Taking Advantage Of Low Interest Rates

As widely expected, the Reserve Bank of Australia kept the cash rate at 1.5 percent this month, for the 31st straight month. The RBA last moved in August 2016 when it cut it’s cash rate to the current 1.5 percent, a historic low.

As a result of slowed economic growth figures, many economists predict the Reserve Bank may reduce interest rates even further in the coming year; which would represent further record lows.

This low rate environment is an opportune time to review that you are getting the most out of your loans.

Have you considered the following?

  • Fixed rate options. While rates are at an all-time low there may be opportunities to fix your loans. Explore your options. Some borrowers may wish to fix just a portion of their loan.
  • Review your position. Low interest rates offer an opportunity to refinance or revise your payment schedule to pay your loan off sooner. Talk to your broker to see if there’s a home or business loan that better suits your needs.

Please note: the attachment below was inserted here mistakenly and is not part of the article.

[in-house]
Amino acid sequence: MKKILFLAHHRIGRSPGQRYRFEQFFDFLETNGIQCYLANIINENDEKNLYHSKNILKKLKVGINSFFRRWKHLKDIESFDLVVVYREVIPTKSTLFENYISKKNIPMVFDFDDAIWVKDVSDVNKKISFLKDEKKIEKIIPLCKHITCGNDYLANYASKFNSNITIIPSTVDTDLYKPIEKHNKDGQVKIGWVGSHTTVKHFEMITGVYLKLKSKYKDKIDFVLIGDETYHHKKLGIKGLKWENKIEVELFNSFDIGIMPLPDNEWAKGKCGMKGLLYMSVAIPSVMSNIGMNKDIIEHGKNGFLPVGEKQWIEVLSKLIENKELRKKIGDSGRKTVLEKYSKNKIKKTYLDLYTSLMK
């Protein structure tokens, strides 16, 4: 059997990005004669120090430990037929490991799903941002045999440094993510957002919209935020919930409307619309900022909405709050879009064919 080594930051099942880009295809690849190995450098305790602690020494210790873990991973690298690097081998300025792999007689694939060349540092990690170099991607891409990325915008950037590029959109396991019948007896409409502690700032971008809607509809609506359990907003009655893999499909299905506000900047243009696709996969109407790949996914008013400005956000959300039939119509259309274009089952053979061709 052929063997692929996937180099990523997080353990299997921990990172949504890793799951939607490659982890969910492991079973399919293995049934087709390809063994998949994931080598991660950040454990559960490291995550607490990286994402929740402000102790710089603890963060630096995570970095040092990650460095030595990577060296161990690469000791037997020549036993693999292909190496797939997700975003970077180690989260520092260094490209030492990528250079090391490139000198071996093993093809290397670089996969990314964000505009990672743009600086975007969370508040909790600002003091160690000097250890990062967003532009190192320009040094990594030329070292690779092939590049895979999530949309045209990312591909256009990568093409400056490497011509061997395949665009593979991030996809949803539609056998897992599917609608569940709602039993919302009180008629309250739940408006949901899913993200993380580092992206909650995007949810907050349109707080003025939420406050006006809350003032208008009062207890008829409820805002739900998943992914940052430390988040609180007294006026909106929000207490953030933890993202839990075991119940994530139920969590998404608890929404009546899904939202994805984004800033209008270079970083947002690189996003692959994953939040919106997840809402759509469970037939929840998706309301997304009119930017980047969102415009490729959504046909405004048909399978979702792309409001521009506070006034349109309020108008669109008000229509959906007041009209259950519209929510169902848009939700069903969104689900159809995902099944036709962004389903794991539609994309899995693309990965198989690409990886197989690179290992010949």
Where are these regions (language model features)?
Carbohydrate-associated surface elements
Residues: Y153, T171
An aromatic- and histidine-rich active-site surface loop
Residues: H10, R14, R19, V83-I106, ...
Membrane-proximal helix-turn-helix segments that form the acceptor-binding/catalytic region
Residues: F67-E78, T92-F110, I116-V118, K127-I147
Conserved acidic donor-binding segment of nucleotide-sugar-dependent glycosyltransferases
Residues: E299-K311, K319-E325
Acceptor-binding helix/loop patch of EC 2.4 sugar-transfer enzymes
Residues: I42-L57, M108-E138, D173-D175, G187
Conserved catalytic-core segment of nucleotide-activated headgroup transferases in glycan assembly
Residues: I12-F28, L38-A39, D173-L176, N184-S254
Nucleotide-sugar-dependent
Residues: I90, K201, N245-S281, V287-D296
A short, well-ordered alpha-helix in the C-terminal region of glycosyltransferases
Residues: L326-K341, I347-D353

• Debt reduction. With lower rates, your monthly/fortnightly repayments will be less. Rather than pocketing the difference, if you put the difference into extra repayments, you can shave years off your loan and, in doing so, save thousands in interest. For example, a $500,000 home loan at an interest rate of 7% requires repayments of $3,078 per month over 30 years. At 4.5%, the repayments are $2,533, a difference of $545 a month. If you put that $545 into extra repayments, you can potentially take more than 9 years off the home loan term and save almost $140,000 in interest.
  • Create an offset account. This is effectively a money source sitting beside your mortgage. Any savings inside this account are effectively offset against your loan, which in turn reduces the amount of interest you pay.

Of course, low rates will not be around forever. As a borrower it’s important not to become complacent and to make sure that you still have the capacity to meet your repayment obligations in the event that rates increase.

Learn More